March 20, 2007 - Focus

Too Far From Home: A Story of Life and Death in Space

Guest: Chris Jones.

In November 2002, two American astronauts left Earth for a routine mission to the International Space Station. In February 2003, six of their colleagues boarded the space shuttle Columbia to return to the planet. Then came the bad news—Columbia had disintegrated only minutes away from landing, leaving the two still in space without their ride home. Today on Focus we'll get the full story from Chris Jones, author of Too Far from Home: A Story of Life and Death in Space.

Book cover for Dark Side of the Moon

January 09, 2007 - Focus

Dark Side of the Moon: The Magnificent Madness of the American Lunar Quest

Guest: Gerard DeGroot.

The massive moon craze of the 1960s was sold on a promise of a positive influence on the economy, on politics, and on American culture. It certainly made a considerable cultural impact at the time, but since that first step the American space program has been as barren as the satellite it landed on. Today on Focus, professor of modern history Gerard DeGroot joins us to discuss whether it was as big a leap for mankind as Armstrong suggested.

August 03, 2006 - Focus

The Summer Skies

Guest: Jim Kaler, Professor of Astronomy at the University of Illinois.

As the seasons change, so does the sky. This morning on Focus, Professor of Astronomy Jim Kaler joins us to guide us through our corner of the universe. He will point out some of the more interesting features currently on display in the night exhibit and take general questions about astronomy and space exploration.

March 28, 2006 - Focus

The Mars Mission

Guest: Steven Squyres, Professor of Astronomy at Cornell University.

Twin robotic explorers Spirit and Opportunity have added a great deal to our understanding of Mars. Among other things, they have found substantial evidence that at one time, there was water on the surface of the planet. Today on Focus, Cornell University astronomer Steven Squyres talks us through what we know so far and the big question... was there ever life on the Red Planet?

October 13, 2005 - Focus

The Ultimate Field Trip: An Interview with Apollo 17 Astronaut Harrison “Jack” Schmitt

Guest: Harrison Schmitt, Apollo 17 astronaut.

The last man to walk on the moon did so in 1972. Harrison Schmitt is to date the only civilian scientist to the moon, a geologist who continues to be a strong advocate for the exploration and settlement of space. Today on Focus, he'll talk about what it's like to stand on the lunar surface, and about what lies ahead for humans in space.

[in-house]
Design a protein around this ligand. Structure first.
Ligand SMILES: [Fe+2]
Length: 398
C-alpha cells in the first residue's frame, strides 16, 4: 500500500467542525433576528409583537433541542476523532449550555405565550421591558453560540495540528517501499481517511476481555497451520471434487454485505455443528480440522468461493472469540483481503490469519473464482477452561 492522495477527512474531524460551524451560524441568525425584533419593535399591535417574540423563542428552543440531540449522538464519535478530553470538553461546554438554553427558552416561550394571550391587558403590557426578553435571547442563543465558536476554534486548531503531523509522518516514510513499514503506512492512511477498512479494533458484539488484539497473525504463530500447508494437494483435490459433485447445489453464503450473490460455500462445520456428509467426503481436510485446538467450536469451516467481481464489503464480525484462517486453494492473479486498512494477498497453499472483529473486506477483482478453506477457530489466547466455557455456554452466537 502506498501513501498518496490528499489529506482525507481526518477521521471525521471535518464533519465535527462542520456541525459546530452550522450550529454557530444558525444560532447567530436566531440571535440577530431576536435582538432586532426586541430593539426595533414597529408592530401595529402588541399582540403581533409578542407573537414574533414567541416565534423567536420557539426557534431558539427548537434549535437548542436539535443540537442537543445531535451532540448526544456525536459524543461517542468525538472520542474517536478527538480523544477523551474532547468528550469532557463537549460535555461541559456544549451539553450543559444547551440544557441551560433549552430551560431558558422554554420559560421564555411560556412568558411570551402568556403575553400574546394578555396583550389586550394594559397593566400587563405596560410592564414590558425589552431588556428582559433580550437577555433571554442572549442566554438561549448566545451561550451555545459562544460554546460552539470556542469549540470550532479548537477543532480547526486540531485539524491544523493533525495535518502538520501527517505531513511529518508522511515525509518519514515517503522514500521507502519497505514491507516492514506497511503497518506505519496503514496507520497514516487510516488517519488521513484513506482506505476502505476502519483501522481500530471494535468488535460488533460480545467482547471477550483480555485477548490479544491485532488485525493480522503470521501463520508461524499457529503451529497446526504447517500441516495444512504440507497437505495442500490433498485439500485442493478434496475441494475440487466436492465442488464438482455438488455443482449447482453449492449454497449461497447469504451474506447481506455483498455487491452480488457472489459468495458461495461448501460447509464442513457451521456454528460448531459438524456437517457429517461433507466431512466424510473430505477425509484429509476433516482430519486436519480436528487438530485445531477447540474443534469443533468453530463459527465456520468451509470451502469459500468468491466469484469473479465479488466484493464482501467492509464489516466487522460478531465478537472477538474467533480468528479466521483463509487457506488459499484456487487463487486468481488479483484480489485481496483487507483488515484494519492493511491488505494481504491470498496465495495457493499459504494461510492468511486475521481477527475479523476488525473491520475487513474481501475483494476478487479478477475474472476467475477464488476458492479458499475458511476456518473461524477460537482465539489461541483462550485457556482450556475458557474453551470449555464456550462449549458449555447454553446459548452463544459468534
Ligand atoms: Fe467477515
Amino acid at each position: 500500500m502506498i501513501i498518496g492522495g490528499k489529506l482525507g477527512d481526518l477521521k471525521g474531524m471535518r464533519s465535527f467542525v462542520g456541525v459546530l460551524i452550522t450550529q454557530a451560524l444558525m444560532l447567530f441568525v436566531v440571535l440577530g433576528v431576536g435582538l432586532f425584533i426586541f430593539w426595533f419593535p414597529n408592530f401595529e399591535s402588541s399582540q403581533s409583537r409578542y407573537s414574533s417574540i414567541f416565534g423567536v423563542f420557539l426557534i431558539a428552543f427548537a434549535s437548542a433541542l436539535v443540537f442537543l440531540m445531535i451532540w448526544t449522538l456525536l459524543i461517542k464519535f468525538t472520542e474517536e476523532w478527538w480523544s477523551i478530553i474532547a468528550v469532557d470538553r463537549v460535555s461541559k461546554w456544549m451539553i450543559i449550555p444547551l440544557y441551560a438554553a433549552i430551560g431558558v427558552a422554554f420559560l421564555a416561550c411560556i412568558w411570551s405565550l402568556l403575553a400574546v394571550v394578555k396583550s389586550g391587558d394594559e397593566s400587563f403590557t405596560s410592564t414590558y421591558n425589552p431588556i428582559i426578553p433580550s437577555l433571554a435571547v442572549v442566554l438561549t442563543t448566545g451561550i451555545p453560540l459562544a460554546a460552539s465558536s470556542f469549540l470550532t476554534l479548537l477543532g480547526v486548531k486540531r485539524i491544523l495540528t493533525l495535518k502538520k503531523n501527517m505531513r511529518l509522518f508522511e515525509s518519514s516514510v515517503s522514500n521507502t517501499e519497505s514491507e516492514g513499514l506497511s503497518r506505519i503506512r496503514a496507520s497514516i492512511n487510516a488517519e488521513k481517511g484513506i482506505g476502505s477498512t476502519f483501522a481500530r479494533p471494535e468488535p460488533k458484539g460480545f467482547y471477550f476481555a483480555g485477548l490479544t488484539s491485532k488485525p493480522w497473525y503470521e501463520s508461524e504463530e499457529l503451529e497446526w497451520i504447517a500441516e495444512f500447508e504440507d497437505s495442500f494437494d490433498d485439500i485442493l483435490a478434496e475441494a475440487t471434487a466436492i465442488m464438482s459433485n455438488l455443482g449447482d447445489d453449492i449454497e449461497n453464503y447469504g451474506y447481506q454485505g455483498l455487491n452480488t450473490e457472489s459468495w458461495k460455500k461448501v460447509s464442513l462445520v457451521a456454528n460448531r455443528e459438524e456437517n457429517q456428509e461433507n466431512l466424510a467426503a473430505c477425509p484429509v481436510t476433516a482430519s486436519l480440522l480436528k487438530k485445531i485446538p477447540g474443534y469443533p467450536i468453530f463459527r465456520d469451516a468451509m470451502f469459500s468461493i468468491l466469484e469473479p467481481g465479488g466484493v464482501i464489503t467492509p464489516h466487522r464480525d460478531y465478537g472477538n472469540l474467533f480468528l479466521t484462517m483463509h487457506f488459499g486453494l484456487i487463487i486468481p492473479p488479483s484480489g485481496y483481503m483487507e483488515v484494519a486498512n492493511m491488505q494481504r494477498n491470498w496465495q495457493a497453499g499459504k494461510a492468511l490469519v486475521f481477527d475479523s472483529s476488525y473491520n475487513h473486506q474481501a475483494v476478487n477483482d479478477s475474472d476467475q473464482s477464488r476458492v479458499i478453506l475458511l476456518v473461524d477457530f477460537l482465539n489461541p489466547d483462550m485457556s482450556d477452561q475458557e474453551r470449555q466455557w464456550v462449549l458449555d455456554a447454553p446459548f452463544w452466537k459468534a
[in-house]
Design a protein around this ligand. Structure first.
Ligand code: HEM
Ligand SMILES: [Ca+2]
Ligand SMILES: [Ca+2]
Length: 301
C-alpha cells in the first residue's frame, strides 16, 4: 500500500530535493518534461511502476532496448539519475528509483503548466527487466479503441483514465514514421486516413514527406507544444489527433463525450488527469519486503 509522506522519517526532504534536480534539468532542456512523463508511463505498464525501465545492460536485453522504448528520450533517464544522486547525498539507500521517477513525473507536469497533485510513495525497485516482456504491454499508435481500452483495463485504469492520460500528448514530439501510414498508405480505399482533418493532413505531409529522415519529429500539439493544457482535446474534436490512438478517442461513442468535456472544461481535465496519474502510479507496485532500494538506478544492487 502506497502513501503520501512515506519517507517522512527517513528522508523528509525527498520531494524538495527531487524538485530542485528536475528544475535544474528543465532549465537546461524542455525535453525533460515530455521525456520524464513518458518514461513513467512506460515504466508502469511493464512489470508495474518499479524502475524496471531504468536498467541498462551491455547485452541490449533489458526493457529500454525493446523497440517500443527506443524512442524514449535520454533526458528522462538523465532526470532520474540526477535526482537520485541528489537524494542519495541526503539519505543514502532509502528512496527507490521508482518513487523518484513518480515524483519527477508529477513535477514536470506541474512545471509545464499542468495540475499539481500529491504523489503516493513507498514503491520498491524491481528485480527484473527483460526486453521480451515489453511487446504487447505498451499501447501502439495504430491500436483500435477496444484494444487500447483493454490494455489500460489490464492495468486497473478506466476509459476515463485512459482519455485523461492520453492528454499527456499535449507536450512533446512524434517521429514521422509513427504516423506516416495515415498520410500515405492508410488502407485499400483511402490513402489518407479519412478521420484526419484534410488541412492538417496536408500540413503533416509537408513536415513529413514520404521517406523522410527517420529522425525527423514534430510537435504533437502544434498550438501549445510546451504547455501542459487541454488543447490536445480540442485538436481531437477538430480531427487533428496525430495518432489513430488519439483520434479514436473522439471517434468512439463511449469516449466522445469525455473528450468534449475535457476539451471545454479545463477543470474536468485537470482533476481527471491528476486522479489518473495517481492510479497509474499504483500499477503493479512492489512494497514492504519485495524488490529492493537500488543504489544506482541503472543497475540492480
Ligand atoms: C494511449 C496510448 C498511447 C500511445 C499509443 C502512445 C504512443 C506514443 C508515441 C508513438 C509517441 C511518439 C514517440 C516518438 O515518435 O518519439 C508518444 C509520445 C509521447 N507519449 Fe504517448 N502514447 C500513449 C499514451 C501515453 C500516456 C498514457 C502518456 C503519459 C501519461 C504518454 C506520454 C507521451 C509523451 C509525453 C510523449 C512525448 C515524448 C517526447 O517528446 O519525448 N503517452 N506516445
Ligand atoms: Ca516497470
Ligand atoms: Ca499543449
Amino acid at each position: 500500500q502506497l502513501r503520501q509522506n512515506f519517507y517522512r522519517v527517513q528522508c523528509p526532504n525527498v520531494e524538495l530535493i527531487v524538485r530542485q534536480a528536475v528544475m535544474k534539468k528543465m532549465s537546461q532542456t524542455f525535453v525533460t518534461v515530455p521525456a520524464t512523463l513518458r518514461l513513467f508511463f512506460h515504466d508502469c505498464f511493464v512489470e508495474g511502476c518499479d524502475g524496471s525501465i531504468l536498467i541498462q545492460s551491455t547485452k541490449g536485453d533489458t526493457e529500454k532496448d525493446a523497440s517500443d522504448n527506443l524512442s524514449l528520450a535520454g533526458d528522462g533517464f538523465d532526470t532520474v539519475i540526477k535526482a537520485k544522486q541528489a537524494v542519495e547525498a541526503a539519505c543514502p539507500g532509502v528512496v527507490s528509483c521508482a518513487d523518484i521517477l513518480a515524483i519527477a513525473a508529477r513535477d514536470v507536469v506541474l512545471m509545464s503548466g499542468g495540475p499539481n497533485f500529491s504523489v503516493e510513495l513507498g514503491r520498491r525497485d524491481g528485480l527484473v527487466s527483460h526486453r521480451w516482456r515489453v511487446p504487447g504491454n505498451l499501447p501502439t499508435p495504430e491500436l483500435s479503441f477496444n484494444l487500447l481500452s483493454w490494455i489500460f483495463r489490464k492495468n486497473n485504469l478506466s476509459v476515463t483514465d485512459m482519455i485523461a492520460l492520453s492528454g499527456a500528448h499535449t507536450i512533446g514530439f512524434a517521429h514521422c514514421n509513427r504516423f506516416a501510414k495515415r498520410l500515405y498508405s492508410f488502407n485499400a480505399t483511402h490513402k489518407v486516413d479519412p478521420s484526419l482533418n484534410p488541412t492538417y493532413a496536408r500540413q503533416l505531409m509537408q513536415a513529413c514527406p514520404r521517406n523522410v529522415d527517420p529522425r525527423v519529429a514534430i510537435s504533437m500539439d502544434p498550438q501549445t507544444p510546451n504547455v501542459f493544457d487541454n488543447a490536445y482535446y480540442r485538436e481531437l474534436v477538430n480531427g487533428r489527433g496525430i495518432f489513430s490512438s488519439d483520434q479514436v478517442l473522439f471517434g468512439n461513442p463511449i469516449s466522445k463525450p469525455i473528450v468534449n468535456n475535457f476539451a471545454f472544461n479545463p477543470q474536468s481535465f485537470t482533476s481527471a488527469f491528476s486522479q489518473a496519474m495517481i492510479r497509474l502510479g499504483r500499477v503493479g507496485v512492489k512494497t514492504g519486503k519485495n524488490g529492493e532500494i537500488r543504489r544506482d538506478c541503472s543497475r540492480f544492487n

September 02, 2005 - Focus

The United States’ Space Program: What’s Next

Guest: Robert Zubrin.

Will astronauts ever return to the moon? Will they venture beyond our own system to other planets? This morning on Focus, we'll discuss Space Shuttle design, interplanetary travel, and Mars missions with former NASA engineer Robert Zubrin, worked on the design of advanced space transportation and propulsion as well as the development of strategies for the exploration of Mars during his time with the space agency.

September 23, 2004 - Focus

Origins: Fourteen Billion Years of Cosmic Evolution

Guest: Neil deGrasse Tyson.

How did the universe begin? It's a question that plagued scientists for centuries, and one that astrophysicist Neil deGrasse Tyson explores in his recent book Origins: Fourteen Billion Years of Cosmic Evolution. He joins us on Focus today to discuss the formation of the universe, as well as its galaxies, planets... and inhabitants.

The Hubble Space Telescope orbiting above the Earth


August 17, 2004 - Focus

The Hubble Telescope and the Space Telescope Program

Guests: Mario Livo and John Bahcall.

Over the past fourteen years, the Hubble Space Telescope has added greatly to our knowledge of the universe, yet its future is in doubt. Unless a repair mission can be organized, Hubble will come to the end of its useful life in the next few years. Today on Focus, we're joined by Mario Livo and John Bahcall to talk about the efforts to keep Hubble going, as well as plans for the next-generation space telescope.

June 29, 2004 - Focus

The Commercialization of Space

Guest: Robert Zimmerman.

Last week, test pilot Michael Melville became the first person to reach space in a privately funded program. The designers of the craft, called "SpaceShipOne," have their sights set on a prize offered to anyone who can put a crew of three into space, bring them back safely, and repeat the feat within two weeks. Many people believe that Melville's flight, and the presence of contests like these, are opening the doors to space tourism. Today on Focus we'll explore the commercialization of space with award-winning sicence writer Robert Zimmerman.

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